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I have built a small Morse code key that consists of a push button, a 3v buzzer and an LED. When I connect the positive side to 3v3 and the negative side to ground, the key works. I push on the button, the buzzer sounds and the LED illuminates. Constant 3.3v across the circuit when checked with a multimeter.

I wrote a program that uses the button presses to generate dots and dashes. GPIO 11 is set as an input that uses the pull up resistor. When I jump wires across GPIO 11 and ground, it works fine, constant 3.3v.

However, when I connect the positive side of the key to GPIO 11 and the negative side to ground, when I press the button the LED barely lights, the buzzer crackles softly and the pi doesn't see GPIO 11 As having gone high. When tested with a multimeter, I have 3.3v from GPIO 11 to ground when the button is open, but only 2.17v when the button is closed. The resistance of the circuit is ~4 ohms.

What is the next step in troubleshooting?

Photos of device:

enter image description here

  • Try a different button. – goobering Feb 18 '16 at 15:07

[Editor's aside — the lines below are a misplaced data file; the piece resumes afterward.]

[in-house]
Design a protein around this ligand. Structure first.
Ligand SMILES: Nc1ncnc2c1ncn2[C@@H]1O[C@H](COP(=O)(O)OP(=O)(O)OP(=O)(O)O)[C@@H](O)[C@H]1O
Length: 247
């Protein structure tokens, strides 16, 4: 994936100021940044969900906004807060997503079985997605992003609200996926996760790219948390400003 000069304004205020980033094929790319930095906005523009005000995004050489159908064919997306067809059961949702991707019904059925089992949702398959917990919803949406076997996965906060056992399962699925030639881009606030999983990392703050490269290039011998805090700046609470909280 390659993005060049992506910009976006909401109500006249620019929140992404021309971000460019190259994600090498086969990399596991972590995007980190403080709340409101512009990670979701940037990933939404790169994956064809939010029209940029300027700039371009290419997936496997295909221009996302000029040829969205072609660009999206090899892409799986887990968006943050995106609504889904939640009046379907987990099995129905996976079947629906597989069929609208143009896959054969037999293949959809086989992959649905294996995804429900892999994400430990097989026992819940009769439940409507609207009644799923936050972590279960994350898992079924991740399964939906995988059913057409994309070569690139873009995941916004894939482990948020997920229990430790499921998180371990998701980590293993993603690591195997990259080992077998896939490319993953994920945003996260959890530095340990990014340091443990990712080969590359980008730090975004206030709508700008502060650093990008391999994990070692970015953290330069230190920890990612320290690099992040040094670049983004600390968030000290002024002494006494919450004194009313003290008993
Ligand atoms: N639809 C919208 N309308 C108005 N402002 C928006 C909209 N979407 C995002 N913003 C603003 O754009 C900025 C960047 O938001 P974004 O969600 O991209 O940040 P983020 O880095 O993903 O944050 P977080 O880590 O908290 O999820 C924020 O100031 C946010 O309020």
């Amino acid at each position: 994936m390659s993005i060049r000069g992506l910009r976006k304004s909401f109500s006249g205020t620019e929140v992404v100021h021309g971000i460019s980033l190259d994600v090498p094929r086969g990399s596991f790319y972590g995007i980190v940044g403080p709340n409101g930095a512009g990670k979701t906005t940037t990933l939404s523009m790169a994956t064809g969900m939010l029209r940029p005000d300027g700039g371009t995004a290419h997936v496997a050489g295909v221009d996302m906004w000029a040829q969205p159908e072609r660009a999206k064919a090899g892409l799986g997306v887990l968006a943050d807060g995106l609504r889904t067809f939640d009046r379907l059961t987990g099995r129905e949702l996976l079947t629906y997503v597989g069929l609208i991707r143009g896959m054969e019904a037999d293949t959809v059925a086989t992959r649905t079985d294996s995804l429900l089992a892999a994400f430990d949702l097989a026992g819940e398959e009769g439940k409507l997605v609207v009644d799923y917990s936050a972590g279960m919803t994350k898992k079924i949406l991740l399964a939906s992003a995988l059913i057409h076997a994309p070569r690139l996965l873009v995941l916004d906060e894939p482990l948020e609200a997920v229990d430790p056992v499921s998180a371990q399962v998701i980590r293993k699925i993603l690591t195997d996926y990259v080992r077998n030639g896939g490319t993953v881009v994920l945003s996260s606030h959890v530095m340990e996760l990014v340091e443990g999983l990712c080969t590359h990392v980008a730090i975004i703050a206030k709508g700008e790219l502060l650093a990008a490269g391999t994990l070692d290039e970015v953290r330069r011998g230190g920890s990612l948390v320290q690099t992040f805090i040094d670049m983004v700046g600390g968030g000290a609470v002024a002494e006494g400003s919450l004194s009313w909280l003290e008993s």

• What would cause the current button to work from 3v3 to ground, but not GPIO 11 to ground? – Alex Traylor Feb 18 '16 at 15:14
  • No idea. But if you don't rule it out as a possibility then it remains a factor. – goobering Feb 18 '16 at 15:15
  • The next step in troubleshooting would be to edit the question and replace the word "piss" then include a picture of your setup/circuit in the question. Max file size cannot exceed 2MB. – PNDA Feb 18 '16 at 15:31
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    De-bounce your push button in the software ? – Marla Feb 18 '16 at 16:08
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The GPIO pin cannot provide enough current to drive the buzzer and the LED.

Change your circuit to use a double pole switch with one pole connected to the 3.3V pin to drive the buzzer and LED and the other connected to the GPIO for the Raspberry Pi to read the button state.

  • This may seem like a dumb question, but I'm rather new to EE. Would it be possible to feed the positive terminal from GPIO 11 and the 3v3 pin? Could i damage the pi? If so, could I solder a diode into the wire going to GPIO 11 to prevent the 3v3 from backfeeding? – Alex Traylor Feb 18 '16 at 19:46
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Solution:

I went to radio shack for a DPDT switch. They didn't have any, and I needed to have this project finished by this weekend. I decided to use an NPN transistor, so that the circuit I have currently fed the base of the transistor, using it to switch the logic portion of the circuit. Wired it up using a bread board, it works beautifully.

I have to find a way to integrate two more wires, but that's a small price to pay for it doing exactly what I want it to.

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